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Utah Legislature Votes to Uphold Subminimum Wage for Disabled Workers

Disabled people across the country face discrimination, poor treatment and subminimum wages in the workplace.

Roughly 544 employees are being paid subminimum wage in Utah, according to one state lawmaker.

This story was originally published at Prism.

To some disability advocates and disabled people themselves, it feels like disabled people have been abandoned to fend for themselves. And in places like Utah — where major legislation that would increase disabled people’s quality of life continues to be struck down — that’s palpable.

During Utah’s legislative session in January, House Bill 205, the proposal to require Utah employers to pay disabled workers more, was struck down. The bill would have gradually phased out employers’ ability to pay less than the minimum wage (currently $7.25 in Utah) to workers with disabilities over two years. Nine employers in Utah currently utilize the exemption to pay subminimum wages to disabled workers. State Rep. Brett Garner, who introduced the bill, says there are roughly 544 employees being paid subminimum wage. But disability advocates in the state say even one is too many. Nate Crippes, the public affairs supervising attorney at the Disability Law Center of Utah, says advocates aim to continue the conversation to educate legislators on the issue in hopes of moving them.

This is just one of the latest developments in America’s consistent devaluing of disabled workers, for whom discrimination and poor treatment are common. Nationwide, companies from Amazon to Walmart have been accused of creating unsafe work environments for disabled people or keeping them out of work entirely. And with more people becoming disabled due to long COVID in this ongoing pandemic, the issue of discrimination against disabled people becomes more dire.

To fight some of the harms she’s faced and worries about others facing, Shelby Hintze, a disability advocate from Utah who lives with spinal muscular atrophy, went to the state legislature in last year’s 2023 session. She proposed a bill to protect disabled people from losing benefits. HB 252 would allow people who are permanently disabled to always maintain Medicaid to access the health services they need.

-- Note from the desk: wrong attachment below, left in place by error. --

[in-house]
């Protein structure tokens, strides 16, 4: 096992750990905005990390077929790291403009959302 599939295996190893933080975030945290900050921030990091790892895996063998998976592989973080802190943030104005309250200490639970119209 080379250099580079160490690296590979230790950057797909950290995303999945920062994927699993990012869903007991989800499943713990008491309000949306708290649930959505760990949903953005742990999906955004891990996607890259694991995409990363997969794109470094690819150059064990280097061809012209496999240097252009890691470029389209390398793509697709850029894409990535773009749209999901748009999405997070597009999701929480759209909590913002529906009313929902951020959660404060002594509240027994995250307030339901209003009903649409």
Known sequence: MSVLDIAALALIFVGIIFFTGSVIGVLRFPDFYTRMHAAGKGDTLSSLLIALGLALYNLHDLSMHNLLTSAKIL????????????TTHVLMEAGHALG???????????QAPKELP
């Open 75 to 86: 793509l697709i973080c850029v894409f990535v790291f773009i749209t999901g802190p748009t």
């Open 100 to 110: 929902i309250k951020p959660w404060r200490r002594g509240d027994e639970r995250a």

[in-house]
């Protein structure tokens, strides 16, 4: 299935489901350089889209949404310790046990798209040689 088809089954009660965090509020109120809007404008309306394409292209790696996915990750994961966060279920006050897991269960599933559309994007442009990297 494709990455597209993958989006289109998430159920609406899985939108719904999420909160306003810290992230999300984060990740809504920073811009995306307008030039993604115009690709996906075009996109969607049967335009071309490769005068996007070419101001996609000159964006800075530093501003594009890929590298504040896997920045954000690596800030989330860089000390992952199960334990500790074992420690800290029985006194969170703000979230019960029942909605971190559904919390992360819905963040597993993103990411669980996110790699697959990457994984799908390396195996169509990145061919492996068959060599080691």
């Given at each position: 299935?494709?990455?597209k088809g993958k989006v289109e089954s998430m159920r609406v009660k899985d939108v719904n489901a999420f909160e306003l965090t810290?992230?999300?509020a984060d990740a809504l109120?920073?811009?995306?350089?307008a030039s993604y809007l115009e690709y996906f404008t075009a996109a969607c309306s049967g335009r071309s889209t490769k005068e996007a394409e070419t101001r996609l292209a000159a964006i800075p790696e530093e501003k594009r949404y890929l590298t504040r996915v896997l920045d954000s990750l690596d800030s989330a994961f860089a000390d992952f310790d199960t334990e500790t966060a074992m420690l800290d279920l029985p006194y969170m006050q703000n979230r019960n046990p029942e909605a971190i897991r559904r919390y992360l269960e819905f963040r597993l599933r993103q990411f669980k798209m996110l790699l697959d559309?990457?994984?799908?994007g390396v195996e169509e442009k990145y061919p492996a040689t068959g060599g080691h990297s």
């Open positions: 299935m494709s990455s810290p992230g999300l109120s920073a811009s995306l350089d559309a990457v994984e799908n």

“What it would’ve done is basically move the income cap up to cover Medicaid for things that other insurances won’t cover,” Hintze told Prism. Hintze has been kicked off Medicaid because she makes “too much money” to qualify, according to the state. She now can barely afford personal care assistants to maintain her quality of life. When she spoke to representatives about her Medicaid proposal, Hintze said everybody was originally on board. One legislator she was particularly worried about even had a friendly conversation with her and agreed that these were the kinds of bills the state needs.

When it came time for the vote, the proposal was struck down. The bill did come back around for the 2024 session, to Hintze’s surprise and relief, but it was struck down again.

“Disability rights is definitely a backburner issue here,” Hintze said. Considering the number of disabled people in Utah, that feels baffling, she says. According to a December 2023 report from the Utah Department of Health and Human Services, 1 in every 4 Utah adults (26.4%, or approximately 647,000 people) has a disability.

According to Hintze, it felt hopeful to see something combating Section 14(c) of the Fair Labor Standards Act (FLSA), the exemption that allows businesses to pay disabled workers subminimum wage. While many states have passed their own laws to change the rule, others have lagged far behind. Utah is one of the remaining states that currently still upholds it.